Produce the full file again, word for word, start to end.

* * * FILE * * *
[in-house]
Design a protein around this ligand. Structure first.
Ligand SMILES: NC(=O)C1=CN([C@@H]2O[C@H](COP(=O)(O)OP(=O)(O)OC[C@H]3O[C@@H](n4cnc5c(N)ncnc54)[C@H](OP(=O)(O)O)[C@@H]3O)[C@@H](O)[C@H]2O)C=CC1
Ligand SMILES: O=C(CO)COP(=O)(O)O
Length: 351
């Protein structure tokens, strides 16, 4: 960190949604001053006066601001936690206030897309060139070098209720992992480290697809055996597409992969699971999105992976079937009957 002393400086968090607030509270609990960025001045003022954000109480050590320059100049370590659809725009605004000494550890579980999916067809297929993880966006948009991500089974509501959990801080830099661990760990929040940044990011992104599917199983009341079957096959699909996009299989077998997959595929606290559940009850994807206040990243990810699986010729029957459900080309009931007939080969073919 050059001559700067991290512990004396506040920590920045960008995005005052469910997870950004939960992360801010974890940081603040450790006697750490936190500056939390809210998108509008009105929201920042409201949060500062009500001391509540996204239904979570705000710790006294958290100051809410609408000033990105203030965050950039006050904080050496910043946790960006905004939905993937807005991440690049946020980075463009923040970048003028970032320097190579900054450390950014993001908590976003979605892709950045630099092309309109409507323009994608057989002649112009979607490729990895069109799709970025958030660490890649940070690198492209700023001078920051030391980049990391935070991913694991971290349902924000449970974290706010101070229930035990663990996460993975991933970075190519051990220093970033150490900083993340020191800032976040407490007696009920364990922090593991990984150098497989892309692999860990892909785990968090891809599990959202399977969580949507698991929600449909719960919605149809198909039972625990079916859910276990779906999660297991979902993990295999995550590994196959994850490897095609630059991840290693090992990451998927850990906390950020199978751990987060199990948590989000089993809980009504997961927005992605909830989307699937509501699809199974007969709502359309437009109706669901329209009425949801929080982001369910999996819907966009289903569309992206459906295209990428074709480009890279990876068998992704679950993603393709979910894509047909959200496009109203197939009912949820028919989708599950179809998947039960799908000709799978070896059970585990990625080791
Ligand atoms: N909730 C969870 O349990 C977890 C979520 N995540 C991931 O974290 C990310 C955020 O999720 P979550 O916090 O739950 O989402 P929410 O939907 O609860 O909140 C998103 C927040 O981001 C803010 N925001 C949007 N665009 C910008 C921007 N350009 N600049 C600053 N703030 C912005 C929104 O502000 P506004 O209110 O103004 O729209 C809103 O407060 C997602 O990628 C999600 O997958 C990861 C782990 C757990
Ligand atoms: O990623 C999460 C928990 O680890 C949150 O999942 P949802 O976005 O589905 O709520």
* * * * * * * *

[in-house]
Design a protein around this ligand. Structure first.
Ligand SMILES: NC(=O)C1=CN([C@@H]2O[C@H](COP(=O)(O)OP(=O)(O)OC[C@H]3O[C@@H](n4cnc5c(N)ncnc54)[C@H](OP(=O)(O)O)[C@@H]3O)[C@@H](O)[C@H]2O)C=CC1
Ligand SMILES: O=C(CO)COP(=O)(O)O
Length: 351
């Protein structure tokens, strides 16, 4: 960190949604001053006066601001936690206030897309060139070098209720992992480290697809055996597409992969699971999105992976079937009957 002393400086968090607030509270609990960025001045003022954000109480050590320059100049370590659809725009605004000494550890579980999916067809297929993880966006948009991500089974509501959990801080830099661990760990929040940044990011992104599917199983009341079957096959699909996009299989077998997959595929606290559940009850994807206040990243990810699986010729029957459900080309009931007939080969073919 050059001559700067991290512990004396506040920590920045960008995005005052469910997870950004939960992360801010974890940081603040450790006697750490936190500056939390809210998108509008009105929201920042409201949060500062009500001391509540996204239904979570705000710790006294958290100051809410609408000033990105203030965050950039006050904080050496910043946790960006905004939905993937807005991440690049946020980075463009923040970048003028970032320097190579900054450390950014993001908590976003979605892709950045630099092309309109409507323009994608057989002649112009979607490729990895069109799709970025958030660490890649940070690198492209700023001078920051030391980049990391935070991913694991971290349902924000449970974290706010101070229930035990663990996460993975991933970075190519051990220093970033150490900083993340020191800032976040407490007696009920364990922090593991990984150098497989892309692999860990892909785990968090891809599990959202399977969580949507698991929600449909719960919605149809198909039972625990079916859910276990779906999660297991979902993990295999995550590994196959994850490897095609630059991840290693090992990451998927850990906390950020199978751990987060199990948590989000089993809980009504997961927005992605909830989307699937509501699809199974007969709502359309437009109706669901329209009425949801929080982001369910999996819907966009289903569309992206459906295209990428074709480009890279990876068998992704679950993603393709979910894509047909959200496009109203197939009912949820028919989708599950179809998947039960799908000709799978070896059970585990990625080791
Ligand atoms: N909730 C969870 O349990 C977890 C979520 N995540 C991931 O974290 C990310 C955020 O999720 P979550 O916090 O739950 O989402 P929410 O939907 O609860 O909140 C998103 C927040 O981001 C803010 N925001 C949007 N665009 C910008 C921007 N350009 N600049 C600053 N703030 C912005 C929104 O502000 P506004 O209110 O103004 O729209 C809103 O407060 C997602 O990628 C999600 O997958 C990861 C782990 C757990
Ligand atoms: O990623 C999460 C928990 O680890 C949150 O999942 P949802 O976005 O589905 O709520």